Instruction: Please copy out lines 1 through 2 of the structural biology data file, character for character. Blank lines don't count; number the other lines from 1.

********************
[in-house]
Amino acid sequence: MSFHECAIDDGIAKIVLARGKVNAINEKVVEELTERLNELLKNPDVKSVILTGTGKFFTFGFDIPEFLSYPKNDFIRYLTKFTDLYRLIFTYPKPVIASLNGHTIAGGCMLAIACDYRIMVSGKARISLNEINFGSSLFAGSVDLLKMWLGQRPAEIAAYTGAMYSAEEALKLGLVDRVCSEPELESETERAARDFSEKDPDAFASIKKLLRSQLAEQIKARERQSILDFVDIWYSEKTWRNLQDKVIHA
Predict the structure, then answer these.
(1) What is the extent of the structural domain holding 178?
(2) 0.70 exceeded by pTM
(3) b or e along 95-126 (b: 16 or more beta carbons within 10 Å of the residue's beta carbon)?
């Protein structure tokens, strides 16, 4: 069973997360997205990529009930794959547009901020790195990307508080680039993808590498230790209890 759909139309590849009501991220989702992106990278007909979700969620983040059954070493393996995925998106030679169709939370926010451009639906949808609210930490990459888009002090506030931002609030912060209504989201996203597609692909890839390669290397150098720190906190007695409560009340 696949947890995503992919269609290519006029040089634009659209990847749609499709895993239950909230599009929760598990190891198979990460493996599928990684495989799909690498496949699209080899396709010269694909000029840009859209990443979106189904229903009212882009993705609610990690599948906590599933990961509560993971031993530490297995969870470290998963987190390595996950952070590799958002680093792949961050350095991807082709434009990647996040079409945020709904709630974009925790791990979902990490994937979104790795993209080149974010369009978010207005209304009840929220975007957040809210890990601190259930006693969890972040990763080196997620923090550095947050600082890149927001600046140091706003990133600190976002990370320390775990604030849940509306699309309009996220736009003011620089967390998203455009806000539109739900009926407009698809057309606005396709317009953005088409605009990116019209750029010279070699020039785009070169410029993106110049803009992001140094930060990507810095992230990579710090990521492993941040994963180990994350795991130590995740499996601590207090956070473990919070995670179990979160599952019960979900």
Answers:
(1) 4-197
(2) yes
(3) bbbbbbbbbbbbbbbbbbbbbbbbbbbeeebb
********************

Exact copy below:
[in-house]
Amino acid sequence: MSFHECAIDDGIAKIVLARGKVNAINEKVVEELTERLNELLKNPDVKSVILTGTGKFFTFGFDIPEFLSYPKNDFIRYLTKFTDLYRLIFTYPKPVIASLNGHTIAGGCMLAIACDYRIMVSGKARISLNEINFGSSLFAGSVDLLKMWLGQRPAEIAAYTGAMYSAEEALKLGLVDRVCSEPELESETERAARDFSEKDPDAFASIKKLLRSQLAEQIKARERQSILDFVDIWYSEKTWRNLQDKVIHA